Down the street from me lives a young Labrador Retriever whose plight breaks my heart every time I see him. He’s not mistreated, at least not in an obvious way. He’s just always alone. Day after day, he stays outdoors in his fenced yard, with no one for company. From his yard, he barks at all who pass by as though he were asking for someone — anyone — to pay attention to him.
The dog’s owner is a busy guy. He’s got a full-time job, a house to maintain, and all the other tasks to perform that go with life today. I sympathize: 21st century life can be chaotic for anyone. But we can make time for our dogs without exerting very much effort or spending a lot of extra time. Here are some ways to do just that.
Take her along. Whether running errands, picking the kids up from school, or stopping by your office, including your dog can be a hassle-free way to give her attention and stimulation. “For adult dogs whose owners’ lifestyles primarily revolve around being home, at soccer games, and ferrying the kids to school, having the dog participate in these activities can meet much of her social needs,” says Alice Moon-Fanelli, Ph.D., certified applied animal behaviorist at the Cummings School of Veterinary Medicine at Tufts University.
Sleep with her. Experts agree that having your dog sleep in your bedroom, but not necessarily on your bed, can be a great way to spend extended time with your canine companion with no additional effort on your part. You sleep, she sleeps. What could be easier?
Find things you both like to do. Some activities you do for your own enjoyment are even more fun if your four-legged friend does them with you. Moon-Fanelli recommends spending some one-on-one time with your dog “in mutually enjoyable physical activities,” such as swimming and hiking.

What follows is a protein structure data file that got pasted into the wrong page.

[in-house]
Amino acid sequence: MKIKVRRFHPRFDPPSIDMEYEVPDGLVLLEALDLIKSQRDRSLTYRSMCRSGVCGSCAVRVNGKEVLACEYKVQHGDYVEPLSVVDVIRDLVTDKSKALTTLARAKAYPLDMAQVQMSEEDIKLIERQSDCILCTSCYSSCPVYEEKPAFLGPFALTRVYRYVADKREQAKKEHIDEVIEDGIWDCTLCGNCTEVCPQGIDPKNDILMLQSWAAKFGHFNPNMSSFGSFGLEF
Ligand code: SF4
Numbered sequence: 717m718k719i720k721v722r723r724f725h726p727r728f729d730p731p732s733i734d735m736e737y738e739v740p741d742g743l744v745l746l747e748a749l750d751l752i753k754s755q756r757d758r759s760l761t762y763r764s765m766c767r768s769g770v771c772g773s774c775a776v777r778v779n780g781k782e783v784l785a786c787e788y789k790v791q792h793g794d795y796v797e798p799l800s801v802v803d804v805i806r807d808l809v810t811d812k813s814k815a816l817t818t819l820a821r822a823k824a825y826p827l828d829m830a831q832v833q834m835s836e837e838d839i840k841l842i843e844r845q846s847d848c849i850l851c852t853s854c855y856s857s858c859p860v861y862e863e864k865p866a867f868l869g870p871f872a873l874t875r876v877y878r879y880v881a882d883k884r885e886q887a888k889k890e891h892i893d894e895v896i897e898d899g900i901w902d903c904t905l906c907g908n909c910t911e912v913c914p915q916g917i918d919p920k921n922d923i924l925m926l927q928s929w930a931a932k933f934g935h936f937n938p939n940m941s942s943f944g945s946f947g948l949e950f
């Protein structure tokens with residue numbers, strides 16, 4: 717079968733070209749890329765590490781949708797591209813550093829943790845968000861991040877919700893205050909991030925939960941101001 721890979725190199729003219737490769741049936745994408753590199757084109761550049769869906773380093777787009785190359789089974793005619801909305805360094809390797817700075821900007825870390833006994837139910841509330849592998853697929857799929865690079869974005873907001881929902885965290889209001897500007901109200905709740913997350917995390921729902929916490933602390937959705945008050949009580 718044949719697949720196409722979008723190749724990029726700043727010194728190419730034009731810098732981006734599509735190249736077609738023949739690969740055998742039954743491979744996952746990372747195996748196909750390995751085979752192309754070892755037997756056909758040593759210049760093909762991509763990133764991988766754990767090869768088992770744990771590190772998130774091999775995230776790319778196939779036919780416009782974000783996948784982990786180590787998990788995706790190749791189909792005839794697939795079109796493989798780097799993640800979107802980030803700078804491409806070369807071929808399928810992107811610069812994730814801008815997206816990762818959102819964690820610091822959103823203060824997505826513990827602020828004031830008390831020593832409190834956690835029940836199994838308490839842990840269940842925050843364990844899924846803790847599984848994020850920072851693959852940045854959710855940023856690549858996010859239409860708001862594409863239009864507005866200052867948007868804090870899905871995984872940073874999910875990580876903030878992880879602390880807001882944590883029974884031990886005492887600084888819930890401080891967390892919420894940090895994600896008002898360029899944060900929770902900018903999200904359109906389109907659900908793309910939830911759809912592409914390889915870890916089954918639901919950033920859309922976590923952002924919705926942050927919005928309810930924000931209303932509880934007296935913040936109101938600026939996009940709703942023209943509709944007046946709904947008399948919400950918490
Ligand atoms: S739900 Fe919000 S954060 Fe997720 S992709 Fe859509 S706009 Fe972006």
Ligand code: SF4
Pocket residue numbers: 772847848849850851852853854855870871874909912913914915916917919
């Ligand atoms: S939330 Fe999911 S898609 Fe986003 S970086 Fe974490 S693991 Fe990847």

Try multi-tasking. Are you busy fixing lunch or preparing dinner while your dog hangs around? Use this opportunity to help her practice sit-stays and down-stays. Are you watching TV? Use that time to brush your best friend, too — or at least give her some cuddle-time.
Do some delegating. If you don’t live alone, other family members can help out with dog care. For example, “when there are children in the household, they can become the designated walkers, exercisers, and players,” notes Terry Curtis, DVM, veterinary behaviorist at the University of Florida in Gainesville. “It just spreads the interactions over more people.”
That said, you do need to at least spend a little extra time with your dog if she’s to become a happy member of your household and stay that way. Every dog needs training, exercise, and some one-on-one time with her people each day. A little creativity on your part can go a long way toward meeting those needs without putting much of a dent in your schedule.
Maybe I can find a way to explain that to my Lab-owning neighbor the next time I see him.
Award-winning writer Susan McCullough lives with her husband, daughter, and dog in Virginia.